Today, seven years on, Khalid remains in the camp. He is a teacher now and has some sense of self-esteem but he still hopes that, one day, he may become a photo-journalist, reporting on events in his country that has seen much of the population marginalised purely based on race.

Also posted in Genocide, Marginalised People, NGOs, Photography, Refugees, Uncategorized

Syrian Refugees and Deng Thiak Adut


The moment I start talking about refugees, most people’s eyes begin to glaze over. The rhetoric and beliefs about the topic here in Australia is so out of whack with reality it used to infuriate me. Instead of boiling away in a pit of anger, I decided to do something about it and this was one of the key reasons this blog came into being. My other intention was to help these marginalised people restore their dignity by having their story told. In order to truly heal from persecution a person needs to be heard. This is something I experienced over and over on my recent trip to Rwanda and if ever there was proof that it worked, Rwanda is it.

So two extraordinary things happened here in Australia this week. Firstly, the Abbott Government agreed to repatriate 12,000 Syrian refugees, and I congratulate them for it. In recent years, Australia has accepted a total of 13,750 per annum so this is a huge step forward in what appears to be a change of heart for our Prime Minister.

But for all those people who have doubts about refugees and their impact on the Australian community, this week’s stand out was the acknowledgement by Western Sydney University to recognise the success of Deng Thiak Adut and , believe me, his story gives a whole new meaning to the phrase ‘against all odds.

Decide for yourself.

Also posted in Genocide, Marginalised People, Refugees

Rwanda’s Mountain Gorillas

On my second day in Volcanoes National Park, I visited the KWITONDA family, a group of 22 members. When born, baby gorillas weigh less that human babies, between 1.5 and 2.5 kilograms. Mothers breastfeed for between three and a half and four years. While breastfeeding, females do not reproduce, hence limiting the potential to accelerate population growth and why census’ are only carried out every five years. I’d like to introduce my friends.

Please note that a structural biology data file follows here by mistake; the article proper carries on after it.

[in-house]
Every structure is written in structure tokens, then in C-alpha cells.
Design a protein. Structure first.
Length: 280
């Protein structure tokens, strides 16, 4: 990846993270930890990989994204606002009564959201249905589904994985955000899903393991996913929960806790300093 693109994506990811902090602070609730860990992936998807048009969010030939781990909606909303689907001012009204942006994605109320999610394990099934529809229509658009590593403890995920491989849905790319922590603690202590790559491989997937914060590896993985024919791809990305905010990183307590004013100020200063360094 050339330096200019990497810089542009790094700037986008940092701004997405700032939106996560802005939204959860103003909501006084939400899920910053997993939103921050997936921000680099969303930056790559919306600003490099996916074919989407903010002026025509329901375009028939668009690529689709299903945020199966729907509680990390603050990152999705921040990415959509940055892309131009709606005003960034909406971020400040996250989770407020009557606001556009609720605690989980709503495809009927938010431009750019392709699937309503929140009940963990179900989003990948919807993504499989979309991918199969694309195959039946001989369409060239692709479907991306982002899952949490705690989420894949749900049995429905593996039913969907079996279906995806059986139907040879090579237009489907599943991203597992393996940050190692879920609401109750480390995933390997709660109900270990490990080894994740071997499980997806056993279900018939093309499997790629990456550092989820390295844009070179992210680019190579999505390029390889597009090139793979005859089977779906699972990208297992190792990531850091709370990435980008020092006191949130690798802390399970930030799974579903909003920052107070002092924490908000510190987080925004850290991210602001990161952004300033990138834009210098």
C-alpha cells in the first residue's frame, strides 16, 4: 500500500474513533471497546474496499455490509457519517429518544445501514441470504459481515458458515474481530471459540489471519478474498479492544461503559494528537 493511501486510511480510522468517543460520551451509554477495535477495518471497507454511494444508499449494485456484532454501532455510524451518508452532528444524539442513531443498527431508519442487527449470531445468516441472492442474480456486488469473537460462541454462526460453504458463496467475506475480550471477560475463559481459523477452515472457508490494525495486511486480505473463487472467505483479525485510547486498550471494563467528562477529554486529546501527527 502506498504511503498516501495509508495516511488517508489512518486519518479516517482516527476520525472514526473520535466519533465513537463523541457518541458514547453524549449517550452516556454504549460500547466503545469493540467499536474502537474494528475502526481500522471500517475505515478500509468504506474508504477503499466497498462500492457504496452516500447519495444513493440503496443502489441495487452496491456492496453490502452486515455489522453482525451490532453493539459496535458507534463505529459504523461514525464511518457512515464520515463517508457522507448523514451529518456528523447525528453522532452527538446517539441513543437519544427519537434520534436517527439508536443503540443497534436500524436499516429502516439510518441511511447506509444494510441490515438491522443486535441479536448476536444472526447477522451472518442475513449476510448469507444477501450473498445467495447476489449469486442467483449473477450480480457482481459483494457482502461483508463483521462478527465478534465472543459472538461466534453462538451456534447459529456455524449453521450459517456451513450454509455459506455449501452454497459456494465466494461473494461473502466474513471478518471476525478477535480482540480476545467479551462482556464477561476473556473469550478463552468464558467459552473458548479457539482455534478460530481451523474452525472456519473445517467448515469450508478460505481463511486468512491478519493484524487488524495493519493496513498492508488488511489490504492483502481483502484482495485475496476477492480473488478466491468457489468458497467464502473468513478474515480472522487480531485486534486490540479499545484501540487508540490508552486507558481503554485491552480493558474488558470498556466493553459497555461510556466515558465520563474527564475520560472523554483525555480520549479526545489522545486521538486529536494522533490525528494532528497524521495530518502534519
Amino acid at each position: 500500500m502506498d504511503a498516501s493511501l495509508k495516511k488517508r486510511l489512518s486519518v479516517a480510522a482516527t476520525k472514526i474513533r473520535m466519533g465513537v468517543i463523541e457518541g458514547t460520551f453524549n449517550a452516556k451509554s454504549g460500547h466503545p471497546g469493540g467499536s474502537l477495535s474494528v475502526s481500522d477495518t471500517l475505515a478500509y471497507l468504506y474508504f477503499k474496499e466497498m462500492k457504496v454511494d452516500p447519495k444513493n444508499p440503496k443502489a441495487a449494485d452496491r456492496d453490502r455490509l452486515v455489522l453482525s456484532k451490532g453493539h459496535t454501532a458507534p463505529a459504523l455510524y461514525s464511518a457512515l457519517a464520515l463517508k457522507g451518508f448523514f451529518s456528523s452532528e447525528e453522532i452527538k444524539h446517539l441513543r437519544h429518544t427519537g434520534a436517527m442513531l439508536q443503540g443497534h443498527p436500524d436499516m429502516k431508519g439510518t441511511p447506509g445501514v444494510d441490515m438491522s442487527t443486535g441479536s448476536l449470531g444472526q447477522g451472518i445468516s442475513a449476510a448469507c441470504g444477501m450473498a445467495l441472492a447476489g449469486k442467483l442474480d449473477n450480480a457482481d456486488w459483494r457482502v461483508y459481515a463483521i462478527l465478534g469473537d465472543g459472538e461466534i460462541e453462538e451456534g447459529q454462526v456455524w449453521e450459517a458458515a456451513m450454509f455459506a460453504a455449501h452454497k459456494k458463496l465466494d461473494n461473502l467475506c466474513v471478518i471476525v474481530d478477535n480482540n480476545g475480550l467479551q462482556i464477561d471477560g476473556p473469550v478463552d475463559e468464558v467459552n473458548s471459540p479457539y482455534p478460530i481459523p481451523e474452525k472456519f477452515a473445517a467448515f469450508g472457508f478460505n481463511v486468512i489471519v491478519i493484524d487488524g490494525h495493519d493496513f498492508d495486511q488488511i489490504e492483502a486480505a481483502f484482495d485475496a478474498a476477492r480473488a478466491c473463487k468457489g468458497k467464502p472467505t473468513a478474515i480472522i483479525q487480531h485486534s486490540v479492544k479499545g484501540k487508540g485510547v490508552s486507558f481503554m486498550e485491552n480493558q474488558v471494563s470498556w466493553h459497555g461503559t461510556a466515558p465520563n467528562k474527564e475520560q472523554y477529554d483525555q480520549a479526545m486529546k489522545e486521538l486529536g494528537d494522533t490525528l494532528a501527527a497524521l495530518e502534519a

A94O1128.JPGGorilla Baby 1-c17.jpgGorilla Family 1.jpgHello 6x4-c18.jpgI just can't help myself 6x4.jpgI must eat my greens 6x4.jpgLost in Thought 6x4.jpgMunyinya Silverback 1.jpgMunyinya Silverback 2.jpgMunyinya Silverback 3.jpg

Here is a breakdown of gorilla age categories:

  • 0 – 3    baby
  • 3 – 6    juvenile
  • 6 – 8    sub-agile
  • 8+       females can breed (typically, 4 – 6 babies in a lifetime)
  • 8 – 12  males known as black backs
  • 12+      silverbacks


Also posted in Movies

Gorillas in the Mist

The mountain gorilla or to use its species name gorilla beringei beringei is the 7th most endangered animal on the planet. This species of gorilla is only found at the confluence of three countries: Rwanda, Uganda and the Democratic Republic of the Congo. Here, a meagre 880 mountain gorillas struggle to exist alongside man’s warring. Admittedly, the numbers are increasing, albeit slowly, but they are also marginalised by ongoing fighting in these countries, Rwanda back in 1994 and, more recently, in the DRC. Poaching is also an issue. Another census is due in 2015, and conservationists are hopeful the number of animals will exceed 900.

Rwanda’s Volcanoes National Park is home to 480 mountain Gorillas made up of 19 families. Ten families are visited by tourists while the other nine are monitored for research purposes only.

The journey to visit these bewitching creatures is not for the faint hearted, but the surrounding countryside is spectacular, traversing a series of five volcanoes. It is easy to understand how the title Gorillas in the Mist came into being.

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The first family I met were HIRWA made up of 19 individuals, including a set of male twins. The boss, a 27 year old silverback named Munyinya, was nothing short of regal, at once gentle and powerful.

In gorilla families, it is the silverback who entertains the children. The boss of a group is usually the oldest member but always the dominant one, he can weigh a staggering  220 kilograms. Only the silverback can touch the females in their family.

Gorillas live between 45 to 55 years. The females live longer than the males due to the amount of fighting the males endure. The animals’ diet consists of over 200 species of plants, and they can eat up to 15 percent of their bodyweight in a day.